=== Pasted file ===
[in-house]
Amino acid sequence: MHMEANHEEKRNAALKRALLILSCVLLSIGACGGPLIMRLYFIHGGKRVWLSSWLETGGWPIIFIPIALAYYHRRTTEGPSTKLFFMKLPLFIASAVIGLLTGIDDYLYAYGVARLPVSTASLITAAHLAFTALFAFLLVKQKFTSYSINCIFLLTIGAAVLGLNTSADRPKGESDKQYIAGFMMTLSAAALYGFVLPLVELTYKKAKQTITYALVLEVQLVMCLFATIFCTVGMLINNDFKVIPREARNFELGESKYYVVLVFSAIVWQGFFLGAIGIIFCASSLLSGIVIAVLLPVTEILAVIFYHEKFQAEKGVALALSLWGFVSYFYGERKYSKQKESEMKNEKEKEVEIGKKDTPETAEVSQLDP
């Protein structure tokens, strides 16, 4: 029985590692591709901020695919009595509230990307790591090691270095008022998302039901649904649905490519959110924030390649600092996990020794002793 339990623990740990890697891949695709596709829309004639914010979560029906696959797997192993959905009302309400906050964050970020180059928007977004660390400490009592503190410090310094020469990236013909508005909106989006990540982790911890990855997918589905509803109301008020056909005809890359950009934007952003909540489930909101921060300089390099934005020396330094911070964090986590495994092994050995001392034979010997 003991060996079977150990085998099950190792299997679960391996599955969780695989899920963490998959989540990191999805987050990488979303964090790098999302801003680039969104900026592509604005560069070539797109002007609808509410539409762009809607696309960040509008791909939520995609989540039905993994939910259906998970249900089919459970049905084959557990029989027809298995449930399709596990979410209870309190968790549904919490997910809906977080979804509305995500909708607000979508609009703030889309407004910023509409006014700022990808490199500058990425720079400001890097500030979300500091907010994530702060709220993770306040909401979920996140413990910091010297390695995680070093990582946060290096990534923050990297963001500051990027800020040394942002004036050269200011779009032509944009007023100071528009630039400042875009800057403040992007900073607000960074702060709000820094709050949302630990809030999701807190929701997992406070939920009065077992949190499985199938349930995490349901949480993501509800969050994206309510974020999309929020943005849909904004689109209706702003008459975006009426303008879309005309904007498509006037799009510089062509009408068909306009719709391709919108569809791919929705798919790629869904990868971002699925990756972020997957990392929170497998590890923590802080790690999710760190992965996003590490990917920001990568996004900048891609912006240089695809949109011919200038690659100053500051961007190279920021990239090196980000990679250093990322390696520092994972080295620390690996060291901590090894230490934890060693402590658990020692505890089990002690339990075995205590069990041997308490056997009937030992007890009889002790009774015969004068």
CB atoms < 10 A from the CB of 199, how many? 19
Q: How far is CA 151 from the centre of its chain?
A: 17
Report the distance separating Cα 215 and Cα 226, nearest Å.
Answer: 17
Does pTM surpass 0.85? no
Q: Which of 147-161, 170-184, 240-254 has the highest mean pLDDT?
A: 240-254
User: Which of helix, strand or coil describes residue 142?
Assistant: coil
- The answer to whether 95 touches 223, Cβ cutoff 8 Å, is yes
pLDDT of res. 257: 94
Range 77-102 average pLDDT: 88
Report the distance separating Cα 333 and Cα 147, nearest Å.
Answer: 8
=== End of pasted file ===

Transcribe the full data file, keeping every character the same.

[in-house]
Amino acid sequence: MHMEANHEEKRNAALKRALLILSCVLLSIGACGGPLIMRLYFIHGGKRVWLSSWLETGGWPIIFIPIALAYYHRRTTEGPSTKLFFMKLPLFIASAVIGLLTGIDDYLYAYGVARLPVSTASLITAAHLAFTALFAFLLVKQKFTSYSINCIFLLTIGAAVLGLNTSADRPKGESDKQYIAGFMMTLSAAALYGFVLPLVELTYKKAKQTITYALVLEVQLVMCLFATIFCTVGMLINNDFKVIPREARNFELGESKYYVVLVFSAIVWQGFFLGAIGIIFCASSLLSGIVIAVLLPVTEILAVIFYHEKFQAEKGVALALSLWGFVSYFYGERKYSKQKESEMKNEKEKEVEIGKKDTPETAEVSQLDP
């Protein structure tokens, strides 16, 4: 029985590692591709901020695919009595509230990307790591090691270095008022998302039901649904649905490519959110924030390649600092996990020794002793 339990623990740990890697891949695709596709829309004639914010979560029906696959797997192993959905009302309400906050964050970020180059928007977004660390400490009592503190410090310094020469990236013909508005909106989006990540982790911890990855997918589905509803109301008020056909005809890359950009934007952003909540489930909101921060300089390099934005020396330094911070964090986590495994092994050995001392034979010997 003991060996079977150990085998099950190792299997679960391996599955969780695989899920963490998959989540990191999805987050990488979303964090790098999302801003680039969104900026592509604005560069070539797109002007609808509410539409762009809607696309960040509008791909939520995609989540039905993994939910259906998970249900089919459970049905084959557990029989027809298995449930399709596990979410209870309190968790549904919490997910809906977080979804509305995500909708607000979508609009703030889309407004910023509409006014700022990808490199500058990425720079400001890097500030979300500091907010994530702060709220993770306040909401979920996140413990910091010297390695995680070093990582946060290096990534923050990297963001500051990027800020040394942002004036050269200011779009032509944009007023100071528009630039400042875009800057403040992007900073607000960074702060709000820094709050949302630990809030999701807190929701997992406070939920009065077992949190499985199938349930995490349901949480993501509800969050994206309510974020999309929020943005849909904004689109209706702003008459975006009426303008879309005309904007498509006037799009510089062509009408068909306009719709391709919108569809791919929705798919790629869904990868971002699925990756972020997957990392929170497998590890923590802080790690999710760190992965996003590490990917920001990568996004900048891609912006240089695809949109011919200038690659100053500051961007190279920021990239090196980000990679250093990322390696520092994972080295620390690996060291901590090894230490934890060693402590658990020692505890089990002690339990075995205590069990041997308490056997009937030992007890009889002790009774015969004068």
CB atoms < 10 A from the CB of 199, how many? 19
Q: How far is CA 151 from the centre of its chain?
A: 17
Report the distance separating Cα 215 and Cα 226, nearest Å.
Answer: 17
Does pTM surpass 0.85? no
Q: Which of 147-161, 170-184, 240-254 has the highest mean pLDDT?
A: 240-254
User: Which of helix, strand or coil describes residue 142?
Assistant: coil
- The answer to whether 95 touches 223, Cβ cutoff 8 Å, is yes
pLDDT of res. 257: 94
Range 77-102 average pLDDT: 88
Report the distance separating Cα 333 and Cα 147, nearest Å.
Answer: 8